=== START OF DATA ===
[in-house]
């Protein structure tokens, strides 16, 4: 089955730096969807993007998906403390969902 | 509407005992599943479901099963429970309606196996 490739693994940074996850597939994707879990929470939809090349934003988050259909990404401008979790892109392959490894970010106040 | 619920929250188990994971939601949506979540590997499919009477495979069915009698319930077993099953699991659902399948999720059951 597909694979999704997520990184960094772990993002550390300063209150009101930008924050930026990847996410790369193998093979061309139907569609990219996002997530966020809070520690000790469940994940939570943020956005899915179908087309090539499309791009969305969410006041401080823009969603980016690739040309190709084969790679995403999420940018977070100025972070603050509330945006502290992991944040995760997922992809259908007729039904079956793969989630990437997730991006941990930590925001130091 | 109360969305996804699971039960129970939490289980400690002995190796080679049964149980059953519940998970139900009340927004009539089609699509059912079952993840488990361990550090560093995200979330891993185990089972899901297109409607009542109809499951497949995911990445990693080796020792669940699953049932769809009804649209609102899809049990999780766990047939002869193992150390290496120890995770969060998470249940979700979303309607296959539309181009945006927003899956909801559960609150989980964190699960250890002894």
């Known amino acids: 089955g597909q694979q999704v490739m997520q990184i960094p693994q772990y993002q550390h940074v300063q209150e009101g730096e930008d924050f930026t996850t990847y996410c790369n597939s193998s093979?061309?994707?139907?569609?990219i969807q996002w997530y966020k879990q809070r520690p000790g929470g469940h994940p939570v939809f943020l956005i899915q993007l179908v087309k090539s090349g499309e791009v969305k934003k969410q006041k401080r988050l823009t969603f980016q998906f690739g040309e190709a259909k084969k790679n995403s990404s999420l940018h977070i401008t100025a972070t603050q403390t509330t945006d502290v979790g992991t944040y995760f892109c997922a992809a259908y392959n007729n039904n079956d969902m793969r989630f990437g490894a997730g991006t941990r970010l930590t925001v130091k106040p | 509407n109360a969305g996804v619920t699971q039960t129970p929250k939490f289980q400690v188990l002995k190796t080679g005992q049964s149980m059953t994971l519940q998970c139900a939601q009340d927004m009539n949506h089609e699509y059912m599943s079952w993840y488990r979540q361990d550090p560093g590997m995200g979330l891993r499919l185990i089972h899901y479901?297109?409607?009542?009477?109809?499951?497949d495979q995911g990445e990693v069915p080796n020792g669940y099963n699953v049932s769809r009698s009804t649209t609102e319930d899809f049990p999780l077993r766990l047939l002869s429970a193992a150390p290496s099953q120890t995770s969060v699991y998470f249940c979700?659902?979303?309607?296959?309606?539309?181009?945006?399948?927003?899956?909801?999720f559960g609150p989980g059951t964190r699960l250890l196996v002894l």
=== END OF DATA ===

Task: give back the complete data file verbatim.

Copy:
[in-house]
């Protein structure tokens, strides 16, 4: 089955730096969807993007998906403390969902 | 509407005992599943479901099963429970309606196996 490739693994940074996850597939994707879990929470939809090349934003988050259909990404401008979790892109392959490894970010106040 | 619920929250188990994971939601949506979540590997499919009477495979069915009698319930077993099953699991659902399948999720059951 597909694979999704997520990184960094772990993002550390300063209150009101930008924050930026990847996410790369193998093979061309139907569609990219996002997530966020809070520690000790469940994940939570943020956005899915179908087309090539499309791009969305969410006041401080823009969603980016690739040309190709084969790679995403999420940018977070100025972070603050509330945006502290992991944040995760997922992809259908007729039904079956793969989630990437997730991006941990930590925001130091 | 109360969305996804699971039960129970939490289980400690002995190796080679049964149980059953519940998970139900009340927004009539089609699509059912079952993840488990361990550090560093995200979330891993185990089972899901297109409607009542109809499951497949995911990445990693080796020792669940699953049932769809009804649209609102899809049990999780766990047939002869193992150390290496120890995770969060998470249940979700979303309607296959539309181009945006927003899956909801559960609150989980964190699960250890002894």
């Known amino acids: 089955g597909q694979q999704v490739m997520q990184i960094p693994q772990y993002q550390h940074v300063q209150e009101g730096e930008d924050f930026t996850t990847y996410c790369n597939s193998s093979?061309?994707?139907?569609?990219i969807q996002w997530y966020k879990q809070r520690p000790g929470g469940h994940p939570v939809f943020l956005i899915q993007l179908v087309k090539s090349g499309e791009v969305k934003k969410q006041k401080r988050l823009t969603f980016q998906f690739g040309e190709a259909k084969k790679n995403s990404s999420l940018h977070i401008t100025a972070t603050q403390t509330t945006d502290v979790g992991t944040y995760f892109c997922a992809a259908y392959n007729n039904n079956d969902m793969r989630f990437g490894a997730g991006t941990r970010l930590t925001v130091k106040p | 509407n109360a969305g996804v619920t699971q039960t129970p929250k939490f289980q400690v188990l002995k190796t080679g005992q049964s149980m059953t994971l519940q998970c139900a939601q009340d927004m009539n949506h089609e699509y059912m599943s079952w993840y488990r979540q361990d550090p560093g590997m995200g979330l891993r499919l185990i089972h899901y479901?297109?409607?009542?009477?109809?499951?497949d495979q995911g990445e990693v069915p080796n020792g669940y099963n699953v049932s769809r009698s009804t649209t609102e319930d899809f049990p999780l077993r766990l047939l002869s429970a193992a150390p290496s099953q120890t995770s969060v699991y998470f249940c979700?659902?979303?309607?296959?309606?539309?181009?945006?399948?927003?899956?909801?999720f559960g609150p989980g059951t964190r699960l250890l196996v002894l």